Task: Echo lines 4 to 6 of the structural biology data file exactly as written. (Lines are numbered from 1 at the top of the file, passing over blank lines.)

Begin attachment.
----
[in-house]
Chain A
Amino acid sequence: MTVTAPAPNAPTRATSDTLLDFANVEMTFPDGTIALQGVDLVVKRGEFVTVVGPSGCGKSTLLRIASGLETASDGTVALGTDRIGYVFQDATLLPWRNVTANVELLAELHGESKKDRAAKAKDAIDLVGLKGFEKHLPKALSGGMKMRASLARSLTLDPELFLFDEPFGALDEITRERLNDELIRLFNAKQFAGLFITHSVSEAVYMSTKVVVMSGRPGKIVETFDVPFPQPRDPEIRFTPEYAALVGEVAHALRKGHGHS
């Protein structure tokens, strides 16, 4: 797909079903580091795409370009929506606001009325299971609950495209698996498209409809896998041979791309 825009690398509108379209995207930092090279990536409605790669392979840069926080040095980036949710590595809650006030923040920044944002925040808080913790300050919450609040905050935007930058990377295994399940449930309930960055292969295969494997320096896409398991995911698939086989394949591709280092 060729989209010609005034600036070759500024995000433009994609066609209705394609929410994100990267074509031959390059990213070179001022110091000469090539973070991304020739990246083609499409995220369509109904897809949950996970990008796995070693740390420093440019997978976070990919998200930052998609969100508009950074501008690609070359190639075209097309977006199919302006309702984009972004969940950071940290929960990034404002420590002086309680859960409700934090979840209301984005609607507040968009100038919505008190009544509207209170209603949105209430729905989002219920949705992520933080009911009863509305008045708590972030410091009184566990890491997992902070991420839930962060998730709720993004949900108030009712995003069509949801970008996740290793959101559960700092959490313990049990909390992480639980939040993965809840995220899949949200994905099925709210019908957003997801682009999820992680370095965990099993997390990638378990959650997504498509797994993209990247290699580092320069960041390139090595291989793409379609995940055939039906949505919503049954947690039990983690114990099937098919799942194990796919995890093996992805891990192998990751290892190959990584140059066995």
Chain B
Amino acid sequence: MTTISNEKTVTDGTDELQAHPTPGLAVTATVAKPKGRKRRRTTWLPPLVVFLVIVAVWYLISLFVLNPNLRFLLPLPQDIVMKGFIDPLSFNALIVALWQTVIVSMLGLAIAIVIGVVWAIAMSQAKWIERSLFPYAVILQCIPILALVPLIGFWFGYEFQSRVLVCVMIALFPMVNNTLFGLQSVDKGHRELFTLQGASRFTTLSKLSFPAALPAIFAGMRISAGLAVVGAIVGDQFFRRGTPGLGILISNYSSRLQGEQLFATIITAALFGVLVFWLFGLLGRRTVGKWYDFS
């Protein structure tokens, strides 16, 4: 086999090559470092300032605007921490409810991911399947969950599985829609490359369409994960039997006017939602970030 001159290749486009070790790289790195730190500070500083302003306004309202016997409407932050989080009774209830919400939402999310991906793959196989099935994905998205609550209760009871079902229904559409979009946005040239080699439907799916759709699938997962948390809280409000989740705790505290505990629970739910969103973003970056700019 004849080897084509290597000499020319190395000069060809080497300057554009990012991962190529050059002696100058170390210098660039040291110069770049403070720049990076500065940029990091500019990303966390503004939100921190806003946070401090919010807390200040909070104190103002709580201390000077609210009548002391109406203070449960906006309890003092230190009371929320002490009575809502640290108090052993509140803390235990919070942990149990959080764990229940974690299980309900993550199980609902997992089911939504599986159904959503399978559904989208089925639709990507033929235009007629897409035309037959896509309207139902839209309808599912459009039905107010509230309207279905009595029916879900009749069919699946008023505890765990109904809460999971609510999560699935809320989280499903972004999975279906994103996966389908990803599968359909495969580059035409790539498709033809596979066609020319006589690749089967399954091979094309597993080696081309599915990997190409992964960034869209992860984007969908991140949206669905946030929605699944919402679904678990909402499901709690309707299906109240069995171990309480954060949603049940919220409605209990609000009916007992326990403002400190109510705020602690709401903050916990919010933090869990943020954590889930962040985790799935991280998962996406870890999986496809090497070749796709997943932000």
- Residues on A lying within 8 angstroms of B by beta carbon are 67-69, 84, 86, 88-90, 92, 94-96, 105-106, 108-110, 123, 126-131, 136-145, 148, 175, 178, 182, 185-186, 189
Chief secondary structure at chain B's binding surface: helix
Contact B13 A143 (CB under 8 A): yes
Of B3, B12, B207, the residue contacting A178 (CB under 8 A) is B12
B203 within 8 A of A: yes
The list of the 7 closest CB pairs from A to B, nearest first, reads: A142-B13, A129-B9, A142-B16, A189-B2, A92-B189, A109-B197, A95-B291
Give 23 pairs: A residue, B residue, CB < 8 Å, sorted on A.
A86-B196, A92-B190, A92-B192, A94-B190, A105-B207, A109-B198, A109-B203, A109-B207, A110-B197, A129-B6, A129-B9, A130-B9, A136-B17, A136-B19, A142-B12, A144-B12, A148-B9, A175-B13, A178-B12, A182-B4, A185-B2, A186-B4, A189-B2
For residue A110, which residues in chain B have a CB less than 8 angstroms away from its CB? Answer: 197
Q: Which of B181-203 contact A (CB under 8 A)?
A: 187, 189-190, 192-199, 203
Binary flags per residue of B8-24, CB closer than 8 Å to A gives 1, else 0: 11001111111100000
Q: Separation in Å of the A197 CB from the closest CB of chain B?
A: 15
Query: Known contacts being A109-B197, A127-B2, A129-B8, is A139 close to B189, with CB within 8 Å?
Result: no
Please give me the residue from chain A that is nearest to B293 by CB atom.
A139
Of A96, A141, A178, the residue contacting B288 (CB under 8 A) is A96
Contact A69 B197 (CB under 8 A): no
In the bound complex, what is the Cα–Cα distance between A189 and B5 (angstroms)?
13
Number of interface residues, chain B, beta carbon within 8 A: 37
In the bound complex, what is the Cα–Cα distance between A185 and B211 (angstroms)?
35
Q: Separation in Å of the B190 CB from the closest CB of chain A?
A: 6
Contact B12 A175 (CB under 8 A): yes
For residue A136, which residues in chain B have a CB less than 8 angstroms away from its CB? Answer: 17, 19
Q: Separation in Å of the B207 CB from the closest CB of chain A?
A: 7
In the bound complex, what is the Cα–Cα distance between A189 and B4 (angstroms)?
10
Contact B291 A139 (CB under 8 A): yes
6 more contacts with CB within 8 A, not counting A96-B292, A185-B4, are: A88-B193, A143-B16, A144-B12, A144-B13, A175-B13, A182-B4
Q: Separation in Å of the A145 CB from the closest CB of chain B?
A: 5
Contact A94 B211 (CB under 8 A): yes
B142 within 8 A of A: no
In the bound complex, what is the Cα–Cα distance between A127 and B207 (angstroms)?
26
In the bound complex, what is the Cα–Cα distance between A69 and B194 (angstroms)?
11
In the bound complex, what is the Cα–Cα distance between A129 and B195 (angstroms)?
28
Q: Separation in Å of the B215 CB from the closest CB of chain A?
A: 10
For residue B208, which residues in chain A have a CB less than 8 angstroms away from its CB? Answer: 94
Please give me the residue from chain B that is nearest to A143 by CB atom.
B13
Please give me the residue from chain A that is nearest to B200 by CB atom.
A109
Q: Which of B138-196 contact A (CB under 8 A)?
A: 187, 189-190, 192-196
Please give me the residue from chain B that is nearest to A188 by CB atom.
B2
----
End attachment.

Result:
């Protein structure tokens, strides 16, 4: 797909079903580091795409370009929506606001009325299971609950495209698996498209409809896998041979791309 825009690398509108379209995207930092090279990536409605790669392979840069926080040095980036949710590595809650006030923040920044944002925040808080913790300050919450609040905050935007930058990377295994399940449930309930960055292969295969494997320096896409398991995911698939086989394949591709280092 060729989209010609005034600036070759500024995000433009994609066609209705394609929410994100990267074509031959390059990213070179001022110091000469090539973070991304020739990246083609499409995220369509109904897809949950996970990008796995070693740390420093440019997978976070990919998200930052998609969100508009950074501008690609070359190639075209097309977006199919302006309702984009972004969940950071940290929960990034404002420590002086309680859960409700934090979840209301984005609607507040968009100038919505008190009544509207209170209603949105209430729905989002219920949705992520933080009911009863509305008045708590972030410091009184566990890491997992902070991420839930962060998730709720993004949900108030009712995003069509949801970008996740290793959101559960700092959490313990049990909390992480639980939040993965809840995220899949949200994905099925709210019908957003997801682009999820992680370095965990099993997390990638378990959650997504498509797994993209990247290699580092320069960041390139090595291989793409379609995940055939039906949505919503049954947690039990983690114990099937098919799942194990796919995890093996992805891990192998990751290892190959990584140059066995």
Chain B
Amino acid sequence: MTTISNEKTVTDGTDELQAHPTPGLAVTATVAKPKGRKRRRTTWLPPLVVFLVIVAVWYLISLFVLNPNLRFLLPLPQDIVMKGFIDPLSFNALIVALWQTVIVSMLGLAIAIVIGVVWAIAMSQAKWIERSLFPYAVILQCIPILALVPLIGFWFGYEFQSRVLVCVMIALFPMVNNTLFGLQSVDKGHRELFTLQGASRFTTLSKLSFPAALPAIFAGMRISAGLAVVGAIVGDQFFRRGTPGLGILISNYSSRLQGEQLFATIITAALFGVLVFWLFGLLGRRTVGKWYDFS